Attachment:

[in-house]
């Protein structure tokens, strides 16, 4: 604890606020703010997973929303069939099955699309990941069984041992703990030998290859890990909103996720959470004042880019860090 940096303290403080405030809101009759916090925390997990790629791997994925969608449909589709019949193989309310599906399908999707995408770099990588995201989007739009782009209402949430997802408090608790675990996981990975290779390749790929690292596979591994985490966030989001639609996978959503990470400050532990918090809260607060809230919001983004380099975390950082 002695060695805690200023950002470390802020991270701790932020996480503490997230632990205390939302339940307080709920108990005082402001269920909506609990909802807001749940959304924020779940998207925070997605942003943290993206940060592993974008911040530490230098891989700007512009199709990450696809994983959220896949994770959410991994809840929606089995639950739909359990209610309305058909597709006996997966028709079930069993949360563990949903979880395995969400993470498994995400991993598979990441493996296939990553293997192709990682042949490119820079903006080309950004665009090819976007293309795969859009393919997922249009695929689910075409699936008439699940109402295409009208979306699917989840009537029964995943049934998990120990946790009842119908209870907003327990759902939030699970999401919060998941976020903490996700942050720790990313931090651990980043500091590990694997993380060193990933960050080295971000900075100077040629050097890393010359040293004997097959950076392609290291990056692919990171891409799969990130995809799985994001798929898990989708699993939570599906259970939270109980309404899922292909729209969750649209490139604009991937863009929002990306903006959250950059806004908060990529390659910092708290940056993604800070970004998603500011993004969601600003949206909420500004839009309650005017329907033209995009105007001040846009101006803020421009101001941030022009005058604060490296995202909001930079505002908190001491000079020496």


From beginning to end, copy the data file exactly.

[in-house]
């Protein structure tokens, strides 16, 4: 604890606020703010997973929303069939099955699309990941069984041992703990030998290859890990909103996720959470004042880019860090 940096303290403080405030809101009759916090925390997990790629791997994925969608449909589709019949193989309310599906399908999707995408770099990588995201989007739009782009209402949430997802408090608790675990996981990975290779390749790929690292596979591994985490966030989001639609996978959503990470400050532990918090809260607060809230919001983004380099975390950082 002695060695805690200023950002470390802020991270701790932020996480503490997230632990205390939302339940307080709920108990005082402001269920909506609990909802807001749940959304924020779940998207925070997605942003943290993206940060592993974008911040530490230098891989700007512009199709990450696809994983959220896949994770959410991994809840929606089995639950739909359990209610309305058909597709006996997966028709079930069993949360563990949903979880395995969400993470498994995400991993598979990441493996296939990553293997192709990682042949490119820079903006080309950004665009090819976007293309795969859009393919997922249009695929689910075409699936008439699940109402295409009208979306699917989840009537029964995943049934998990120990946790009842119908209870907003327990759902939030699970999401919060998941976020903490996700942050720790990313931090651990980043500091590990694997993380060193990933960050080295971000900075100077040629050097890393010359040293004997097959950076392609290291990056692919990171891409799969990130995809799985994001798929898990989708699993939570599906259970939270109980309404899922292909729209969750649209490139604009991937863009929002990306903006959250950059806004908060990529390659910092708290940056993604800070970004998603500011993004969601600003949206909420500004839009309650005017329907033209995009105007001040846009101006803020421009101001941030022009005058604060490296995202909001930079505002908190001491000079020496």